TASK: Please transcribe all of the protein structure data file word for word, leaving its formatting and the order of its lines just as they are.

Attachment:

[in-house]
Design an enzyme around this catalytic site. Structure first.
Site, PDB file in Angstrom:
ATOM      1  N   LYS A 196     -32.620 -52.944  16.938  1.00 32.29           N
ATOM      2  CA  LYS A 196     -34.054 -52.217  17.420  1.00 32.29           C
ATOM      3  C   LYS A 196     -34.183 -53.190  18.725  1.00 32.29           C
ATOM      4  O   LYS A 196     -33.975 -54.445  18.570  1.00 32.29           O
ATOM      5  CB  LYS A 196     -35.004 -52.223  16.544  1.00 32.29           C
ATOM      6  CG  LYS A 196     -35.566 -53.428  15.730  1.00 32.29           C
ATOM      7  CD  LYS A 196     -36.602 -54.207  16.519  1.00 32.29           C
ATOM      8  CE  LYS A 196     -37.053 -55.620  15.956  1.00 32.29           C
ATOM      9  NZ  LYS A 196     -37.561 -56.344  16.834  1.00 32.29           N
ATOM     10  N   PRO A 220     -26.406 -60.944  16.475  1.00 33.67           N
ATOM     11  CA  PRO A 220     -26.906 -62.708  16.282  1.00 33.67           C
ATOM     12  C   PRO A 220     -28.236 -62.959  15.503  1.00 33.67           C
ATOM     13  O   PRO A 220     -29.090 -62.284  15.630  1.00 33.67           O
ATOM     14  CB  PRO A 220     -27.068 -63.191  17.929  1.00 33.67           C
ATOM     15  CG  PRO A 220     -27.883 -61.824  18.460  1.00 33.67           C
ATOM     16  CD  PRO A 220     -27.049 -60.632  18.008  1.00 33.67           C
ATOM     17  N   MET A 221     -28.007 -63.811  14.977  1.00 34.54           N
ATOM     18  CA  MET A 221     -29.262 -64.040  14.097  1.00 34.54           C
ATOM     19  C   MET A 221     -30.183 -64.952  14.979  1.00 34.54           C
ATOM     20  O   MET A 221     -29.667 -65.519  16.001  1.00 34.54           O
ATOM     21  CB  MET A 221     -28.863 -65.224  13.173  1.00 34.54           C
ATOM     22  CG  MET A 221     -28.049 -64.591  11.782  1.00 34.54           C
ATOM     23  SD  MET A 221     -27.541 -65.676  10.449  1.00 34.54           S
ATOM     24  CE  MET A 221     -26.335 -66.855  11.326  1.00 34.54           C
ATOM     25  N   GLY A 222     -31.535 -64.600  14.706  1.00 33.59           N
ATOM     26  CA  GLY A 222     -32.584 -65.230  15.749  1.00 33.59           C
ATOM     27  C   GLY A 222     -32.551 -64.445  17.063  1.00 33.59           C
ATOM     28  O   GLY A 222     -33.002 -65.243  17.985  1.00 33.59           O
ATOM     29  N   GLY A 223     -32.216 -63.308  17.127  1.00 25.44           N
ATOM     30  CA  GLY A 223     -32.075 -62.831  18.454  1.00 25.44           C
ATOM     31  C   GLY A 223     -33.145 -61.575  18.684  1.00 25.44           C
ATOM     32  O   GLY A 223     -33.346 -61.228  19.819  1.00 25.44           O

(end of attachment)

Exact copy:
[in-house]
Design an enzyme around this catalytic site. Structure first.
Site, PDB file in Angstrom:
ATOM      1  N   LYS A 196     -32.620 -52.944  16.938  1.00 32.29           N
ATOM      2  CA  LYS A 196     -34.054 -52.217  17.420  1.00 32.29           C
ATOM      3  C   LYS A 196     -34.183 -53.190  18.725  1.00 32.29           C
ATOM      4  O   LYS A 196     -33.975 -54.445  18.570  1.00 32.29           O
ATOM      5  CB  LYS A 196     -35.004 -52.223  16.544  1.00 32.29           C
ATOM      6  CG  LYS A 196     -35.566 -53.428  15.730  1.00 32.29           C
ATOM      7  CD  LYS A 196     -36.602 -54.207  16.519  1.00 32.29           C
ATOM      8  CE  LYS A 196     -37.053 -55.620  15.956  1.00 32.29           C
ATOM      9  NZ  LYS A 196     -37.561 -56.344  16.834  1.00 32.29           N
ATOM     10  N   PRO A 220     -26.406 -60.944  16.475  1.00 33.67           N
ATOM     11  CA  PRO A 220     -26.906 -62.708  16.282  1.00 33.67           C
ATOM     12  C   PRO A 220     -28.236 -62.959  15.503  1.00 33.67           C
ATOM     13  O   PRO A 220     -29.090 -62.284  15.630  1.00 33.67           O
ATOM     14  CB  PRO A 220     -27.068 -63.191  17.929  1.00 33.67           C
ATOM     15  CG  PRO A 220     -27.883 -61.824  18.460  1.00 33.67           C
ATOM     16  CD  PRO A 220     -27.049 -60.632  18.008  1.00 33.67           C
ATOM     17  N   MET A 221     -28.007 -63.811  14.977  1.00 34.54           N
ATOM     18  CA  MET A 221     -29.262 -64.040  14.097  1.00 34.54           C
ATOM     19  C   MET A 221     -30.183 -64.952  14.979  1.00 34.54           C
ATOM     20  O   MET A 221     -29.667 -65.519  16.001  1.00 34.54           O
ATOM     21  CB  MET A 221     -28.863 -65.224  13.173  1.00 34.54           C
ATOM     22  CG  MET A 221     -28.049 -64.591  11.782  1.00 34.54           C
ATOM     23  SD  MET A 221     -27.541 -65.676  10.449  1.00 34.54           S
ATOM     24  CE  MET A 221     -26.335 -66.855  11.326  1.00 34.54           C
ATOM     25  N   GLY A 222     -31.535 -64.600  14.706  1.00 33.59           N
ATOM     26  CA  GLY A 222     -32.584 -65.230  15.749  1.00 33.59           C
ATOM     27  C   GLY A 222     -32.551 -64.445  17.063  1.00 33.59           C
ATOM     28  O   GLY A 222     -33.002 -65.243  17.985  1.00 33.59           O
ATOM     29  N   GLY A 223     -32.216 -63.308  17.127  1.00 25.44           N
ATOM     30  CA  GLY A 223     -32.075 -62.831  18.454  1.00 25.44           C
ATOM     31  C   GLY A 223     -33.145 -61.575  18.684  1.00 25.44           C
ATOM     32  O   GLY A 223     -33.346 -61.228  19.819  1.00 25.44           O